Compared to my visit to the sinkhole south of Dauphin a week ago, it is much deeper today. The hole covers at least three acres, the size of two Canadian football fields, and in some spots is now a hundred feet deep with more of the timothy field fallen into the pit. A large section of the field around the centre rim has already shifted down about a foot. It will end up in the chasm soon, too.
It’s difficult to indicate the scale of the hole but the open area you see in the pictures of the sunken field is a small part of the earth that shifted. In the bush around the field and at either end there is much physical turmoil suggesting the sinkhole extends as far as a quarter-mile along the Vermillion River. Along this portion, the river forms the boundary of Riding Mountain National Park. The river, swollen with Riding Mountain rainwater, has caused considerable erosion and property loss along its banks. Though the bottom of the sinkhole is dry with no evidence of river water, there could be a strong link between the moving earth phenomenon and the roiling water. So far, nothing official from a geologist.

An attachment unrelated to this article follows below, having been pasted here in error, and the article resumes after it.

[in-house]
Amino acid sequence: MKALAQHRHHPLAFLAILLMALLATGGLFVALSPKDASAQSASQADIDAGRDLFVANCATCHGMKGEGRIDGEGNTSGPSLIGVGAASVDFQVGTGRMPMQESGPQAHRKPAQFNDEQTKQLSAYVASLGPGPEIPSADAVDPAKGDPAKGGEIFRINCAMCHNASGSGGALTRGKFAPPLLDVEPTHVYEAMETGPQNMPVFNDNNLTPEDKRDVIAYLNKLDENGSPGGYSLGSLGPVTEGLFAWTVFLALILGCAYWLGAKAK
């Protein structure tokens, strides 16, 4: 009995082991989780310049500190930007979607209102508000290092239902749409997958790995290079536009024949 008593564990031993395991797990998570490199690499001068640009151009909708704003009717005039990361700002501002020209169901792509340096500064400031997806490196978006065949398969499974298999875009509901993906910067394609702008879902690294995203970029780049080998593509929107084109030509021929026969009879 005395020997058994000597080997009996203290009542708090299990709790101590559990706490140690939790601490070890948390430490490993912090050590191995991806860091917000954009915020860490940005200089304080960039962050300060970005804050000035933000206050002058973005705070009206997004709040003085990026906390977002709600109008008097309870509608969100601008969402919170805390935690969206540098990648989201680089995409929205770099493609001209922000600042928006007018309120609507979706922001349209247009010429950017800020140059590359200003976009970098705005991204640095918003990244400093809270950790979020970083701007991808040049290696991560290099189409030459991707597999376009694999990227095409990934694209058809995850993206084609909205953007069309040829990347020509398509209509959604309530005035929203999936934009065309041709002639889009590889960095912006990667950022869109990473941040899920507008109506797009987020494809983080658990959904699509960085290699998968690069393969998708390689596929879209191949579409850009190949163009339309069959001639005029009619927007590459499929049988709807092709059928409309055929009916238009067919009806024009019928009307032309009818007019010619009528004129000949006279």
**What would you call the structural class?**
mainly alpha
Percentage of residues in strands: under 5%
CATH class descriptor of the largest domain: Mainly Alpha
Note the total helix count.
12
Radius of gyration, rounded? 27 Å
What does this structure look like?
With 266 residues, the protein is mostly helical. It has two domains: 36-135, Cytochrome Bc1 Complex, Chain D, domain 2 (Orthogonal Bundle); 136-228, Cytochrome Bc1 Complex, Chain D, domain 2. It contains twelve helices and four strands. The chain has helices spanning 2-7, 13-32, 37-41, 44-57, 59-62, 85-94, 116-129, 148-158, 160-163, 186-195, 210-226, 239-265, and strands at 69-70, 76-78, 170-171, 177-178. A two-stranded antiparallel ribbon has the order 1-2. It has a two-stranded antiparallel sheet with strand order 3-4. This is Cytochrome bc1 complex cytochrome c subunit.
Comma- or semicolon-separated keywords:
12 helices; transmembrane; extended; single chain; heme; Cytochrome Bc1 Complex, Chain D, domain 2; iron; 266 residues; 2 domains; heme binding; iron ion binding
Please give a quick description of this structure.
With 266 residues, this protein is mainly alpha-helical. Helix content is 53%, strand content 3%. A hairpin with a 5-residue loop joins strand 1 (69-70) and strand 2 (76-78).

Today was muggy and hot with thunderstorms rolling across the prairie. Tomorrow promises to be the same. As you can see from the pictures, the land is lush and green from the rain this year and the timothy continues to flourish a hundred feet below where it germinated. The aura of the site is one of inevitable change, the ever-unfinished business of the earth creating and re-creating itself moment by moment, sinkhole by sinkhole. Earth energies have been loosed and they abound amid new chaos for elemental spirits. Fascinating place! Watch a short video of the site.